The top U.S. grid security monitor is pushing the Federal Energy Regulatory Commission to delay seven cybersecurity and workforce standards set to take effect this year, citing the COVID-19 pandemic.
The North American Electric Reliability Corp. said its motion to postpone the rules is aimed at ensuring "grid reliability amid the impacts posed by the coronavirus outbreak, a public health emergency that is unprecedented in modern times." The nonprofit sets cyber and physical security requirements for large U.S. electric utilities under oversight from FERC.
NERC is requesting to delay by six months enforcement of two training standards set to start Oct. 1 and to delay five other reliability standards slated for July 1, including three extra months to comply with a significant rule that covers utilities' plans for supply chain cybersecurity.
"The added flexibility provided by a three-month delay would allow entities to recover from the impacts of the coronavirus outbreak before implementing new controls and new supply chain processes," NERC said in the filing.
FERC must still approve the motion for the extensions to take effect. The agency has already said it will relax enforcement for some regulations as well as halt new audits until after July 31 (Energywire, April 3).
NERC and FERC have previously said they will be lenient when it comes to certain standards covering facility maintenance and professional certifications for grid operators, among other areas (Energywire, March 19).
Several federal agencies have moved to relax regulations as industries and businesses grapple with the pandemic. Late last month, EPA said it will show discretion to companies that miss deadlines or exceed pollution limits, garnering harsh criticism from Democratic lawmakers (Greenwire, March 31).
NERC said that it will examine the need for additional delays, as there are "significant uncertainties regarding the duration of the outbreak and the subsequent recovery."
The grid overseer also asked that FERC speed up the period usually required to answer. The agency approved that request and said it would respond to NERC's motion by Thursday.
"We do not comment on items that are pending before the commission. But as the chairman [Neil Chatterjee] has said, the commission will be giving requests for coronavirus relief expedited consideration and the highest priority," said FERC spokeswoman Mary O'Driscoll.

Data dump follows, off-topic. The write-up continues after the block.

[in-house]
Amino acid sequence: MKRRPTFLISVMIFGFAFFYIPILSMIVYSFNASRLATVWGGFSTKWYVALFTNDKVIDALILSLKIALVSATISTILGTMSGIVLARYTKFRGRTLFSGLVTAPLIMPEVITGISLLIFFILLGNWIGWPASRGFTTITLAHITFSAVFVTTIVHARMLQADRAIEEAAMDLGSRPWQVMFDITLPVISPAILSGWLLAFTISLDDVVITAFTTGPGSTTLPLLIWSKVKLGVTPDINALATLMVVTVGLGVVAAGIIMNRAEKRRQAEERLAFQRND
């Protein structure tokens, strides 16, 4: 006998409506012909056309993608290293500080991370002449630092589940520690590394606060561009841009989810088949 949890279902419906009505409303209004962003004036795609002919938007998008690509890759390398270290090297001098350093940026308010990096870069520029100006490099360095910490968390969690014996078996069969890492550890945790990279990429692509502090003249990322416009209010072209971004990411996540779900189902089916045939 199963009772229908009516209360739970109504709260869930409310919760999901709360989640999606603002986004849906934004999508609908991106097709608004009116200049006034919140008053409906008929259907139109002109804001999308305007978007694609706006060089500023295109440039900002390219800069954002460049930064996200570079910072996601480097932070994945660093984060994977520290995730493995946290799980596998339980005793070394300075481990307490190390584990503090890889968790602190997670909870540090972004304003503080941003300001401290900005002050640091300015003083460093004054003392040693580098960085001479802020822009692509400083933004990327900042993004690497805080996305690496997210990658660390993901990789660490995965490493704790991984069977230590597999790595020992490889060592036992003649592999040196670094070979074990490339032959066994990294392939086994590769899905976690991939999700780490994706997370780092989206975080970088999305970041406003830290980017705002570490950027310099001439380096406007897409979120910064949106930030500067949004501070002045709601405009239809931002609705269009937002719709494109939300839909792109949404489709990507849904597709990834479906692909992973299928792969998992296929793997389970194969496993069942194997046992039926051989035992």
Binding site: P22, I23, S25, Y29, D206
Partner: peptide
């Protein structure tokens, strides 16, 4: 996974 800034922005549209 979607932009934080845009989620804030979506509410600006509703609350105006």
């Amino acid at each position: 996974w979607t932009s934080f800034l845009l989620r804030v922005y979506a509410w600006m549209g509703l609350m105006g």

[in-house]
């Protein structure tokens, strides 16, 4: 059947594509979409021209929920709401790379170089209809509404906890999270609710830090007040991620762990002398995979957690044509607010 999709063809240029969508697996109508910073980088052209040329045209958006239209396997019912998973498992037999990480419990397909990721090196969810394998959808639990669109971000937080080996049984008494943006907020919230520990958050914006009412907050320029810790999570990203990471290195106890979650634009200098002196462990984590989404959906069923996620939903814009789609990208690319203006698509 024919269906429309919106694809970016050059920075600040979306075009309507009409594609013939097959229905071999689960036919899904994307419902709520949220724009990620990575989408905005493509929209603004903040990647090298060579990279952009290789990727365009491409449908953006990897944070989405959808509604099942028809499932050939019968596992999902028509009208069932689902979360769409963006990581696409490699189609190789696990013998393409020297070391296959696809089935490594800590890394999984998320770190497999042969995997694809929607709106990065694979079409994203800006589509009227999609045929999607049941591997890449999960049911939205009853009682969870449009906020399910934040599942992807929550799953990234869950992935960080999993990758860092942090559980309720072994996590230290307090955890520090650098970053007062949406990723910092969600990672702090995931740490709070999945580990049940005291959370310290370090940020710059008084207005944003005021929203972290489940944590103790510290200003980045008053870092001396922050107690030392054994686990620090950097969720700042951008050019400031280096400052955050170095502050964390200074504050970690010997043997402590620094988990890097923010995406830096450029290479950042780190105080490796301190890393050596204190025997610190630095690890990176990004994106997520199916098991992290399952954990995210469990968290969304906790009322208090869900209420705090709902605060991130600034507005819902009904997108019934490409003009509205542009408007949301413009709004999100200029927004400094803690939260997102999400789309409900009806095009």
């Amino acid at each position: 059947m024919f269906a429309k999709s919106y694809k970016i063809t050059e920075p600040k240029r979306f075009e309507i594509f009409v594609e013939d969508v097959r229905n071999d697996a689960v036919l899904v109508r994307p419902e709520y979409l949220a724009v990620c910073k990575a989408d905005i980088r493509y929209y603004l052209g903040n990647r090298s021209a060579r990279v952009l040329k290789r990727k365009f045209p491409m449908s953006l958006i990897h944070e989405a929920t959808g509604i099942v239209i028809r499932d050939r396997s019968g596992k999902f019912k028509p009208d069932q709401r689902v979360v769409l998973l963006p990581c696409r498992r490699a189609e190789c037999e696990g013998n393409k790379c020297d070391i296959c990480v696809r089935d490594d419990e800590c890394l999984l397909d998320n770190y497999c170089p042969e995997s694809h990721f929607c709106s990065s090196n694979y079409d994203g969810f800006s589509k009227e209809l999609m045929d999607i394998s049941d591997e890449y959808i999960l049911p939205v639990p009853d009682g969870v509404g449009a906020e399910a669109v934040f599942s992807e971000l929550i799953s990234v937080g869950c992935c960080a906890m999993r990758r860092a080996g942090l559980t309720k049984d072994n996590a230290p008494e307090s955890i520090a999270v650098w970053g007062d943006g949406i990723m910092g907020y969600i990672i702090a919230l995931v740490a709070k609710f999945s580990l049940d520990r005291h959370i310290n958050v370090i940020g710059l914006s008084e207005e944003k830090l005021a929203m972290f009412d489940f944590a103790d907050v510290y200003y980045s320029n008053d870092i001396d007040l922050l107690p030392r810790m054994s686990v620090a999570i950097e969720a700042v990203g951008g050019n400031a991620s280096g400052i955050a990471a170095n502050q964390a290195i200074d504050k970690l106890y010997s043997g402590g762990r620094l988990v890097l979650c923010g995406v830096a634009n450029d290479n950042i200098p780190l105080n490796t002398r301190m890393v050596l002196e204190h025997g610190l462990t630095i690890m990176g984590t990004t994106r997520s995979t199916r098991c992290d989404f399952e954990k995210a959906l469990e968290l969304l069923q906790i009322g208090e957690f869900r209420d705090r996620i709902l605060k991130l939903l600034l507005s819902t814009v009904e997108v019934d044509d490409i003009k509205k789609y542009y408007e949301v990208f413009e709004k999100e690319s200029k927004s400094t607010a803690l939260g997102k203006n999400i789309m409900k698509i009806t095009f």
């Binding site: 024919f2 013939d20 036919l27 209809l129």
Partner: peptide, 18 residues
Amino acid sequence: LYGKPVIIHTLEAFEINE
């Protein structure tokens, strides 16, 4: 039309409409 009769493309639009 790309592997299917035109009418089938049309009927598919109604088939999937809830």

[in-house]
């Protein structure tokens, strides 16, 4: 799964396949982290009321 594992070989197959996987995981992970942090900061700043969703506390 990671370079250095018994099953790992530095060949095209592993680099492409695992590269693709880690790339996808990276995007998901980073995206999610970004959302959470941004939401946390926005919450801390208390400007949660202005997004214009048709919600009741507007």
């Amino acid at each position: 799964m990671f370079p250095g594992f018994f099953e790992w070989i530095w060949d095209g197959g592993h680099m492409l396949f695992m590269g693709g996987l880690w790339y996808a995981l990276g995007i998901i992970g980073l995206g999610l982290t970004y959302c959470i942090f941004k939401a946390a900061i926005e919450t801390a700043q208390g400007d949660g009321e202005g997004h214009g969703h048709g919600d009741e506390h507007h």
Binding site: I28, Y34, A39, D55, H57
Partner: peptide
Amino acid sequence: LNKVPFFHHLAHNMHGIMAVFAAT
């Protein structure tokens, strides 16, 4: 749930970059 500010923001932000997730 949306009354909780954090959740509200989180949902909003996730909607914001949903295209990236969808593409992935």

Tom Alrich, a grid security consultant, said he has been calling on NERC to delay the upcoming standards due to the spreading virus.
"COVID-19 has just been getting worse by the day," said Alrich. "Probably these utilities are still going to be working from home, at least in June, maybe even July 1, when the standard was due. You just can't do it under those circumstances."
Delia Patterson, senior vice president of advocacy and communications and general counsel at the American Public Power Association, said that the group is "greatly appreciative of NERC's action to defer implementation of several reliability standards as the electric utility industry works to respond to COVID-19."
"We are confident that NERC will continue to monitor the situation in order to determine whether additional implementation deferrals are necessary," said Patterson.
Phil Moeller, the Edison Electric Institute's executive vice president of the business operations group and regulatory affairs, said that the industry group "greatly appreciate[s] the ongoing leadership and support of NERC and the FERC" as utilities grapple with the coronavirus.
"EEI's member companies remain committed to compliance with security and reliability standards, and they will continue the critical work of further securing their systems and their supply chains," Moeller said.
Jim Cunningham, executive director of Protect Our Power, a grid security advocacy organization, said that although he appreciates the reason for NERC's motion, the risk that hackers pose to the supply chain for the electric grid is a crisis unto itself. He pointed out that a recent report from the Cyberspace Solarium Commission singled out supply chain security dangers as a priority for U.S. policymakers (Energywire, March 12).
"We should never lose the sense of urgency in dealing with one crisis as a result of what we're doing to resolve another crisis," said Cunningham.
He also said that because the supply chain standard was approved 15 months ago, many utilities may already be prepared for complying with it by July 1, and that FERC could consider giving them 30 additional days as opposed to three months.
Tyson Slocum, energy program director at Public Citizen, said that "it is a challenging time for any industry to implement some sort of new standard," and NERC is making a "reasonable request."
"It's transparent. We know about it, and FERC's response will be public," Slocum said.